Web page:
The last project on our list for the guest bathroom was to frame out the builder-grade mirror. We already had some MDF trim pieces from redoing the base trim in both the bathrooms. It's nice and lightweight and pretty inexpensive, but we have learned the hard way that the stuff does not paint well. So we thought we'd give ourselves a leg up on things down the road by priming the MDF before we did anything else with it.
I rigged up a painting station in our garage. We put two coats of Kilz on each side of the MDF before we did anything else.
|High-tech paint station.|
After everything was dry, Steve got to do all of the extra-manly technical stuff (measuring and power tool operating).
|Marking off mitered corners.|
|Checking the measurements.|
|Checking the angle of the cuts.|
|Ready for assembling!|
We used some liquid nails and a stapler to assemble the frame and used some more liquid nails to adhere the frame to the mirror (they actually make liquid nails for mirrors and glass!).
The fit was perfect! We used some painter's tape to hold the mirror in place while the liquid nails cured.
Once everything was nice and dry and sturdy, we removed the tape. At this point, I started to get excited. It looked so much more polished than it had before!
|Don't mind the oddly draped towels.|
But there was still some finishing work to be done. The joints in the corners were pretty raw looking and the process of cutting and stapling the MDF had left some small imperfections that needed to be spackled.
So that frame got three passes with spackle and then sanding. I tried to make everything super-smooth because not only was this frame at eye-level, it had lights shining directly on it, and if you're using the mirror, you're gonna see the frame. Imperfections would easily draw your attention.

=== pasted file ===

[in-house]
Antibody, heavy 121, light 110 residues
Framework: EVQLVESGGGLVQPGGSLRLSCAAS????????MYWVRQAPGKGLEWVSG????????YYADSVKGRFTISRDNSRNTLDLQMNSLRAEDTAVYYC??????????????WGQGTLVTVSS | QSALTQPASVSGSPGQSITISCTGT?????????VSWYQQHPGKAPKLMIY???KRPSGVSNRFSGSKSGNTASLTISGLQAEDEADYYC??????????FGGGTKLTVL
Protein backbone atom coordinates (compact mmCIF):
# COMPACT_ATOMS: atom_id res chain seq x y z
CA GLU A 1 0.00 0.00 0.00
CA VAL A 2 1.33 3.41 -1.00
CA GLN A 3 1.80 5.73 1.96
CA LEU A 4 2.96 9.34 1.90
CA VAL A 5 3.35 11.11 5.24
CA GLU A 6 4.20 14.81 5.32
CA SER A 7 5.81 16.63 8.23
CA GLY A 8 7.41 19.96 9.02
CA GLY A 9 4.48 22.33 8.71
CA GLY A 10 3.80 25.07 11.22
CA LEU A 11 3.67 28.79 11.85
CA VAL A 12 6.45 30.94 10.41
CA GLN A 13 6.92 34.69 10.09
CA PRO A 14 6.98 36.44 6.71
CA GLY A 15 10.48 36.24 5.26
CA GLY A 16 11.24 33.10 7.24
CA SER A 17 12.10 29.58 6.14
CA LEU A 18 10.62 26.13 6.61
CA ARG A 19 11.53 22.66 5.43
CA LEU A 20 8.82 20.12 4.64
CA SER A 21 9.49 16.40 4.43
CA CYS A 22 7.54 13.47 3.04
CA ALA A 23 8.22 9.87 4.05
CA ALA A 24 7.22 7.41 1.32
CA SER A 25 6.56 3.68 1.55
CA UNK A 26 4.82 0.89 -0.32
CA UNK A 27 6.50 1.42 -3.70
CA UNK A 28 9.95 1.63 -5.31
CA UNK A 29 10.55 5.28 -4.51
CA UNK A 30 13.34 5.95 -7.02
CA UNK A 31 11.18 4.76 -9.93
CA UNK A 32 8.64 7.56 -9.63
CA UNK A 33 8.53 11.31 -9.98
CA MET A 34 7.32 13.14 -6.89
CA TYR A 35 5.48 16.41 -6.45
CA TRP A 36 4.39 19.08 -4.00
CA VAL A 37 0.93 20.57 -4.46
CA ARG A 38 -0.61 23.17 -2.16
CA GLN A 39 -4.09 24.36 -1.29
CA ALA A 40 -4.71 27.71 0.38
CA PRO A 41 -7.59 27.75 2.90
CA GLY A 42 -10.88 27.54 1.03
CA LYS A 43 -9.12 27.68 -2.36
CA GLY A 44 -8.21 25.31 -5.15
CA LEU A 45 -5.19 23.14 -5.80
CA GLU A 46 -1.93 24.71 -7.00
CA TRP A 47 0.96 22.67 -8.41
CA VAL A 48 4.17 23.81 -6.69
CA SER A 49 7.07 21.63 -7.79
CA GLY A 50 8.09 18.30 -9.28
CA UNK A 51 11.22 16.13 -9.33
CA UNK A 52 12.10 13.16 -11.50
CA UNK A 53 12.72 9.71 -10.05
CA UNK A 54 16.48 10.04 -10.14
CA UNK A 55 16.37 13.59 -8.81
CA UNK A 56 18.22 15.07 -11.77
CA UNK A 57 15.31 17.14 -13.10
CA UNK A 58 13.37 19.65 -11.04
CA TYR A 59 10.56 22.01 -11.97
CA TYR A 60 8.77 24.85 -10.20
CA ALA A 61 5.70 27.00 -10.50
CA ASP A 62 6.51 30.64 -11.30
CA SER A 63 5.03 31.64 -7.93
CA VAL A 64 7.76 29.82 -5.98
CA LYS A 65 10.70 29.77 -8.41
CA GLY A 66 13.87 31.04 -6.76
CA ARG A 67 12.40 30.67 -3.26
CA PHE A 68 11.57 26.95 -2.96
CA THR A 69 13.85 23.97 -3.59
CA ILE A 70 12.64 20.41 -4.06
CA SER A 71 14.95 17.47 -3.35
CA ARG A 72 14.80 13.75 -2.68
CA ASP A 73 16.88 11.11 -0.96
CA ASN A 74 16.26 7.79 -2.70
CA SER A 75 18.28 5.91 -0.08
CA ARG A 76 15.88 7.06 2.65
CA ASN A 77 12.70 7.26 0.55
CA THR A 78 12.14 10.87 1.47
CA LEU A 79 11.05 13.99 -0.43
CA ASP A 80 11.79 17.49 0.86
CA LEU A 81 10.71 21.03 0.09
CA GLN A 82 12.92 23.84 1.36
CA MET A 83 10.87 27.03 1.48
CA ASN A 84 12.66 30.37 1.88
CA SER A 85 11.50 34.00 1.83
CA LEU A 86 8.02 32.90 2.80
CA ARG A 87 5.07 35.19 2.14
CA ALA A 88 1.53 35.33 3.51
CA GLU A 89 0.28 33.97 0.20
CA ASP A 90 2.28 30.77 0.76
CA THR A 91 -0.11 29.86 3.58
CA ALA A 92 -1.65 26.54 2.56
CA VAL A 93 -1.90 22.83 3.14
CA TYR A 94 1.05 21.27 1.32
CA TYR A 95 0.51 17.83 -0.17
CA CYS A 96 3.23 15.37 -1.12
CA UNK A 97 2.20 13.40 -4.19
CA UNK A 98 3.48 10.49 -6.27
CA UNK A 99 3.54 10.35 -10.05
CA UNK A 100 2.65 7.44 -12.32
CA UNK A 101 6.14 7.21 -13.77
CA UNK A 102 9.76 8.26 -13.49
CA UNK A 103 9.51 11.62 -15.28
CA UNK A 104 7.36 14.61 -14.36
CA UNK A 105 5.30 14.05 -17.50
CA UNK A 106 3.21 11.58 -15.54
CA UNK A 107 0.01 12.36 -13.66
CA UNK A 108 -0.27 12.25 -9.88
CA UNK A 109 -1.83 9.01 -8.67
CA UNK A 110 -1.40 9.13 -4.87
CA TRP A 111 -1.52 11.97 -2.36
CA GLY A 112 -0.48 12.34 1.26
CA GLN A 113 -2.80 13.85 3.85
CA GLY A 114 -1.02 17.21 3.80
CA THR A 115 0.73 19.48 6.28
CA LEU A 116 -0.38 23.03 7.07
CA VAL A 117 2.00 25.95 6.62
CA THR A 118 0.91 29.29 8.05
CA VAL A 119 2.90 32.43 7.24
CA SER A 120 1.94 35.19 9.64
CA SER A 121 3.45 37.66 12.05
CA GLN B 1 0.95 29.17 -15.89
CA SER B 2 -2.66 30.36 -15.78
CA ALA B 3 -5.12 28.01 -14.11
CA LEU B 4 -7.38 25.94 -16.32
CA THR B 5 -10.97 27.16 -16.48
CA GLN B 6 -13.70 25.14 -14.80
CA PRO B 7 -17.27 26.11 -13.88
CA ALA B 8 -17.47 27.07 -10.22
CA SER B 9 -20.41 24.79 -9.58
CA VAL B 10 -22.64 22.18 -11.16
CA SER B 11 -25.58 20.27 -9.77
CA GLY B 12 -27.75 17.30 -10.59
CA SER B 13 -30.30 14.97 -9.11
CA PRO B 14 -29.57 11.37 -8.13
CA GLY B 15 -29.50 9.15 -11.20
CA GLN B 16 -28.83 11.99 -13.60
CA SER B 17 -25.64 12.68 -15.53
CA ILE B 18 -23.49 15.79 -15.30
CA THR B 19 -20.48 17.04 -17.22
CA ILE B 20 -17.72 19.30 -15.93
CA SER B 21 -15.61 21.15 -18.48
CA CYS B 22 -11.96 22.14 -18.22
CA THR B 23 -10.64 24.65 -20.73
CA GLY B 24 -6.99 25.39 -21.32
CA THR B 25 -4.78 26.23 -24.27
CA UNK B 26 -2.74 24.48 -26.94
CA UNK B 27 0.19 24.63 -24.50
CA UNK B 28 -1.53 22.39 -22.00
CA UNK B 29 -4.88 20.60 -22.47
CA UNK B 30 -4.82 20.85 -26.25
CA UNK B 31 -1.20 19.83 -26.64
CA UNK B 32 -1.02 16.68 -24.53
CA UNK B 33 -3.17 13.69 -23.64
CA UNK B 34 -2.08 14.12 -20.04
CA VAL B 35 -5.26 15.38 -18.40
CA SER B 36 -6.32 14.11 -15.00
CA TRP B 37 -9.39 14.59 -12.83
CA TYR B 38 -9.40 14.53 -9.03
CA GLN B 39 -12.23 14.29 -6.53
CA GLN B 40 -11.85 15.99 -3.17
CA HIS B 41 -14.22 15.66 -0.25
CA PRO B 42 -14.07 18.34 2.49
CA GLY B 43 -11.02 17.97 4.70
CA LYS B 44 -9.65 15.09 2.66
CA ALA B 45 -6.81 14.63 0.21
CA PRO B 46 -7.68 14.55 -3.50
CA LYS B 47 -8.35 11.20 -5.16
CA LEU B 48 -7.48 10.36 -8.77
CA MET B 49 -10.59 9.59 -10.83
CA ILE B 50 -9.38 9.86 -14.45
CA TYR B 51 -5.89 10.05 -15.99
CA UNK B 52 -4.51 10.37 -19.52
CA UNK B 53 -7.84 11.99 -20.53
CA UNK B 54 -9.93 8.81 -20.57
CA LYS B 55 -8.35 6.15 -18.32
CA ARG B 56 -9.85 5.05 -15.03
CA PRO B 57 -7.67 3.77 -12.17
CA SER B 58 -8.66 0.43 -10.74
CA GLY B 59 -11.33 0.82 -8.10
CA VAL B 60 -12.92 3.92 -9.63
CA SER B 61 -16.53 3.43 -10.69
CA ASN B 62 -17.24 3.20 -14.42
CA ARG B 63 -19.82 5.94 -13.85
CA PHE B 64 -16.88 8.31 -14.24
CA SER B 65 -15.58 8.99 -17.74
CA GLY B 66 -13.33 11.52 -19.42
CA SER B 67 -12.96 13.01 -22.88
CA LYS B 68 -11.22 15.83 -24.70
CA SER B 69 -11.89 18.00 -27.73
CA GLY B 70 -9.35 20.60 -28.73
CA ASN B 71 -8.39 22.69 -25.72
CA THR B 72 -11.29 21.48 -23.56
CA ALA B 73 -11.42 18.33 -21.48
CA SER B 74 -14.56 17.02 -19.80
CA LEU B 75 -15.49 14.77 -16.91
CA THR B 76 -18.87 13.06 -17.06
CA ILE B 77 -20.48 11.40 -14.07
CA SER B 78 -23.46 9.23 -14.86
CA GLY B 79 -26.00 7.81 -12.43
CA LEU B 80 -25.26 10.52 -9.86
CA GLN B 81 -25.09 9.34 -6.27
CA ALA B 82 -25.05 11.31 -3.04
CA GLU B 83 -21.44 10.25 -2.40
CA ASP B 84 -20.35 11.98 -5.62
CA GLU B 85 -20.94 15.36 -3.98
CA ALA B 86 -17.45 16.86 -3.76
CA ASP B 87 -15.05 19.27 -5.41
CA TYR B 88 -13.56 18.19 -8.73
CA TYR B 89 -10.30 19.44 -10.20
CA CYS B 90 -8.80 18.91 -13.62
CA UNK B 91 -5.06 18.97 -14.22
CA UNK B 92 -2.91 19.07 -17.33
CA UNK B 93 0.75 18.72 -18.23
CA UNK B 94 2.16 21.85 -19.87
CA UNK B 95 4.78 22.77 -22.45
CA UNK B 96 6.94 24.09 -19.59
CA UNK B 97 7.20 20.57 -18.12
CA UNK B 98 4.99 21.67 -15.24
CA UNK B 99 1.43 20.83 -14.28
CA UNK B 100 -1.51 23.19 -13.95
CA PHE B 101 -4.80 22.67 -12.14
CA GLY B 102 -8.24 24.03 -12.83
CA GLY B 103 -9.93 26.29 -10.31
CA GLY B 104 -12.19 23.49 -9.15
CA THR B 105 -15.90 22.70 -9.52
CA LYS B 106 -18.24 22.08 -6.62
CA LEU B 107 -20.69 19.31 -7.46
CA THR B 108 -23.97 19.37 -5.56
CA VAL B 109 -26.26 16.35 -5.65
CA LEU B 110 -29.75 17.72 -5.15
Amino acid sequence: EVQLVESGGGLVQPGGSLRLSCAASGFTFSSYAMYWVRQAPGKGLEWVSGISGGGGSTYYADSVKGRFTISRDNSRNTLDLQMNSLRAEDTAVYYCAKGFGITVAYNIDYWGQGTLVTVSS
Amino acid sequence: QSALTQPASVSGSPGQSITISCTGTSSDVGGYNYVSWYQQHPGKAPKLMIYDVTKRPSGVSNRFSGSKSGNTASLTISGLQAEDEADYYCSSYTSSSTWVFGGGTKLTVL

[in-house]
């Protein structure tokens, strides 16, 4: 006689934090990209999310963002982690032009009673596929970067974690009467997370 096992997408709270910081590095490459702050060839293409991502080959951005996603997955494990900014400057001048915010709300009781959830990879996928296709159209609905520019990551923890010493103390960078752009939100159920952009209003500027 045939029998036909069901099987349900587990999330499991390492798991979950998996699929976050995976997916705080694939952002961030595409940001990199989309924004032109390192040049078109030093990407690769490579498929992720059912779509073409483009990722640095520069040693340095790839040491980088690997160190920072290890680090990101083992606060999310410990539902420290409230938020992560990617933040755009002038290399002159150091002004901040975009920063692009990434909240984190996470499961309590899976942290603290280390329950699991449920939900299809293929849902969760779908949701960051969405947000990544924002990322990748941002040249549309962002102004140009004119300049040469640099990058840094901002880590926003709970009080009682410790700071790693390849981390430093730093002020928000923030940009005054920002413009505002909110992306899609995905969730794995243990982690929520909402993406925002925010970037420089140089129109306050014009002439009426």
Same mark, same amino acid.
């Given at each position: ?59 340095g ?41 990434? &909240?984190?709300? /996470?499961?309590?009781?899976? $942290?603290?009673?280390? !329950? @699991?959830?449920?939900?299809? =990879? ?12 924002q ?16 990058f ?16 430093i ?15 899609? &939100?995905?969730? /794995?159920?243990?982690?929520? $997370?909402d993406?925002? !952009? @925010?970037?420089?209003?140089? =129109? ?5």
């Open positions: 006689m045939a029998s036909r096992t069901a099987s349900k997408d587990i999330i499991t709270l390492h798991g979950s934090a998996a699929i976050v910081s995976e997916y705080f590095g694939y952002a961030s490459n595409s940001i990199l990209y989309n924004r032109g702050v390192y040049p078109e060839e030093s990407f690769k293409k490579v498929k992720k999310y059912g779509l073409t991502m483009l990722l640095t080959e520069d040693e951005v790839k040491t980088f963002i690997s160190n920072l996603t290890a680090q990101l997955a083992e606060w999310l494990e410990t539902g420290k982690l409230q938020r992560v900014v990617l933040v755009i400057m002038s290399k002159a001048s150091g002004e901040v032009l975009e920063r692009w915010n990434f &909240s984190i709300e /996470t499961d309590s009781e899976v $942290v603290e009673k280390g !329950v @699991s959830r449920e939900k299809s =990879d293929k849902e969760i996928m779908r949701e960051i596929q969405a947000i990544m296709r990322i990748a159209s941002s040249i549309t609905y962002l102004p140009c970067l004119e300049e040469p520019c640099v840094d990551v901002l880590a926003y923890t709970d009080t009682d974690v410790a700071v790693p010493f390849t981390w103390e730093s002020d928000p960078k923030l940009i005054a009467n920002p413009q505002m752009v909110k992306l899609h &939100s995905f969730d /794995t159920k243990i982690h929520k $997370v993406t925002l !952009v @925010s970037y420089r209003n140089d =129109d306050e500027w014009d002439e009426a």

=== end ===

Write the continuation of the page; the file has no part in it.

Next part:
|Spackle drying, before sanding.|
After the third coat was as smooth as I could get it, I applied three coats of off-the-shelf semi-gloss white. It's the same color we used for all of our trim in our house as well as the bead board in the bathroom. The paint really cleaned the frame up and made it look better. I can still tell where my spackle and sanding job was excellent and where it was still not quite smooth, but I'm quite pleased that it came out as well as it did.
|Looks pretty good!|
|Looks a little less good.|
Overall though, I'm very pleased with how this turned out. The bathroom looks much more polished and the total cost for this project rang in at $7 (we had everything we needed except the liquid nails).
|So much better!|
Just for fun, let's do a little before and after, shall we?
So much better! So we are sticking a fork in this room. We are done, finito, put a bow on it because that's a wrap. WHOOP!
Wanna see what we did in that bathroom from start to finish? I'm weird like that too. Here's the projects we tackled to transform that bathroom from sad cabin to cottage spa.
Paint, beadboard, towel storage, lights, and corralling soaps with a cake stand.
Concealing a plunger (and keeping it off the floor!).
Prepping the vanity for paint.
Painting the vanity white.
More painting the vanity white.
More progress on the vanity and selecting knobs.
Framing the mirror.